Two brothers get suspended sentences for counterfeit clothes set up valued at €3m
Two men have received suspended jail terms for their part in a counterfeit clothing operation which could have caused a potential loss of €3million to multinational clothing companies.
Brothers, Erol and Ali Basak ran the operation from a lock up container in Tallaght, south Dublin.
Gardai raided the premises and found it was fitted out as a workshop with sewing machines, heat presses for pressing transfers and presses to press labels onto footwear.
Gardai also seized clothing which had trademarks logo for well known clothing companies sewn on to them. They found around quarter of a million unused trademark labels for clothing companies Adidas, Nike, Converse, North Face, Abercrombie and Fitch and Superdry.
Brand protection agents from the multi-national companies inspected the clothing and estimated that the finished items would have have resulted in an estimated loss to the companies of €65,000.
Detective Garda Gareth Lynch told Dublin Circuit Criminal Court that the agents estimated that if all the unused labels had been used to produce counterfeit items the companies estimated the loss to them would be €3 million.
These figures are based on the assumption that each purchase of a counterfeit item resulted in a lost sale of a non-counterfeit item. The counterfeit items were being supplied to marts or Sunday markets around the country.
Erol Basak (43) of Liffey Park, Lucan, Co Dublin had pleaded not guilty to twelve counts of fraudulent possession of goods bearing trade marks and eleven counts of fraudulent application of trade marks.
A jury unanimously convicted him of all charges, committed on dates in November 2012 at the premises in Cedar View, Corbally, Tallaght.
Ali Basak of Edenderry, Co Offaly and formerly of Hannah Square, Saint Edmunds, Lucan pleaded guilty before his brother’s trial to similar offences, which are contrary to section 92 of the Trade Marks Act, 1996.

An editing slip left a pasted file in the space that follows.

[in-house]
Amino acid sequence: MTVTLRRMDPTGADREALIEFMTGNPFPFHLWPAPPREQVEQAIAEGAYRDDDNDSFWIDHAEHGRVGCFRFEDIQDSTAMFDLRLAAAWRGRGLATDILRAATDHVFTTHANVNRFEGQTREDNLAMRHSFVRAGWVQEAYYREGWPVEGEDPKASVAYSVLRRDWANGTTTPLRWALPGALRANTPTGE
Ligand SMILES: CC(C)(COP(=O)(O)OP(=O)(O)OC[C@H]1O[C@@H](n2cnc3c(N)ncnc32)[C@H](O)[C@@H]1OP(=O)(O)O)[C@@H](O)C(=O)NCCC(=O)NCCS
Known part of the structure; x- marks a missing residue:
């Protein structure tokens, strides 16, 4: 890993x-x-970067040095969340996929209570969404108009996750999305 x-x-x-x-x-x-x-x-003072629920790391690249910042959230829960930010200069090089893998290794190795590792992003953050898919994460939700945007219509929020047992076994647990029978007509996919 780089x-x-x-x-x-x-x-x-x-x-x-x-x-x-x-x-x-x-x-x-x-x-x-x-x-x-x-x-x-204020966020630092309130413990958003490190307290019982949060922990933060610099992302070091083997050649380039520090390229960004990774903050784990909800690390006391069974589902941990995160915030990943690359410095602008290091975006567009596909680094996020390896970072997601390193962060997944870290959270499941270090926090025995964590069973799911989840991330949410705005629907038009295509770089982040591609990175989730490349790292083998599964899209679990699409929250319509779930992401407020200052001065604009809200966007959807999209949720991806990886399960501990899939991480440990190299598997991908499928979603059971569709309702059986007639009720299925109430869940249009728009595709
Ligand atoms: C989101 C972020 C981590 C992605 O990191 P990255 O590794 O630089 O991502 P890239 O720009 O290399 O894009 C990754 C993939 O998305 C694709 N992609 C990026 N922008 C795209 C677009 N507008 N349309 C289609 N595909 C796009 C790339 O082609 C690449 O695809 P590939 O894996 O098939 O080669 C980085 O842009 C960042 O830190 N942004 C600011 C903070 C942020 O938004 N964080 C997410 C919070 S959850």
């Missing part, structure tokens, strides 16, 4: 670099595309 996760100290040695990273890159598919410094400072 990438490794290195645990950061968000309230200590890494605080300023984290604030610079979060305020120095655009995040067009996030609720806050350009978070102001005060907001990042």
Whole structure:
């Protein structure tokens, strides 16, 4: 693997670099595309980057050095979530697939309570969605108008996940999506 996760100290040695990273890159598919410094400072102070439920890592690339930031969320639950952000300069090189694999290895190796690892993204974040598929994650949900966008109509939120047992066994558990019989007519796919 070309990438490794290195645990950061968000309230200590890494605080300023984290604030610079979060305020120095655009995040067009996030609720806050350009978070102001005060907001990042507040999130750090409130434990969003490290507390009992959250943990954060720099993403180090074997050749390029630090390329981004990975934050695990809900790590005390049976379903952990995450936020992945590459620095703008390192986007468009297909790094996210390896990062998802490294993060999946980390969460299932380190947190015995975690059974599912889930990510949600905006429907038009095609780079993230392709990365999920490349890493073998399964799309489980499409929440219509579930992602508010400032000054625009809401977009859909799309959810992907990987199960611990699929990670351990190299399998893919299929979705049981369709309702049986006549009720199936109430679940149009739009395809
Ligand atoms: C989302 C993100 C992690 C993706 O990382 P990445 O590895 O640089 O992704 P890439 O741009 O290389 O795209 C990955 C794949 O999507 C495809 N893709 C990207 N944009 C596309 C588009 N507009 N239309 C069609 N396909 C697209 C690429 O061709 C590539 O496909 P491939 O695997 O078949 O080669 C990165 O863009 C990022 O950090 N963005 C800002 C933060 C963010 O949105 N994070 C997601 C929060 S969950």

Judge Mary Ellen Ring suspended a sentence of two and a half years imprisonment on both men on condition that they each pay €5,000 by December 2017. She said €2,000 of this should go towards the expenses incurred by the State in having to fly over and accommodate trademark witnesses from the clothing companies.
She noted that both men have previously unblemished records and are unlikely to re-offend.
Judge Ring asked what would be done with the counterfeit clothes seized by gardai. It is normal that the evidence in a criminal trial is destroyed after sentence is passed.
She said: “It seems to me that to destroy clothing that is useful is inappropriate”. She noted that there were many organisations such as Focus Ireland would could make good use of them.
Paul Carroll BL, prosecuting, said there may be legal provision for the District Court to deal with items in another way but said the issue is that the counterfeit labels are on the items.
Judge Ring said the multinational companies would not want the items back, adding: “I’d be surprised if a charitable donation of their clothing would be something that would stand in the way off”.
She noted that in 2013 Erol Basak had himself arranged for the exportation of nearly 12,000kg of clothes as a charitable donation to victims of the Syrian crisis.
Both men are Turkish nationals. Father of five Erol Basak is an Irish citizen. His brother had worked as a waiter in the capital before this offending.
By Declan Brennan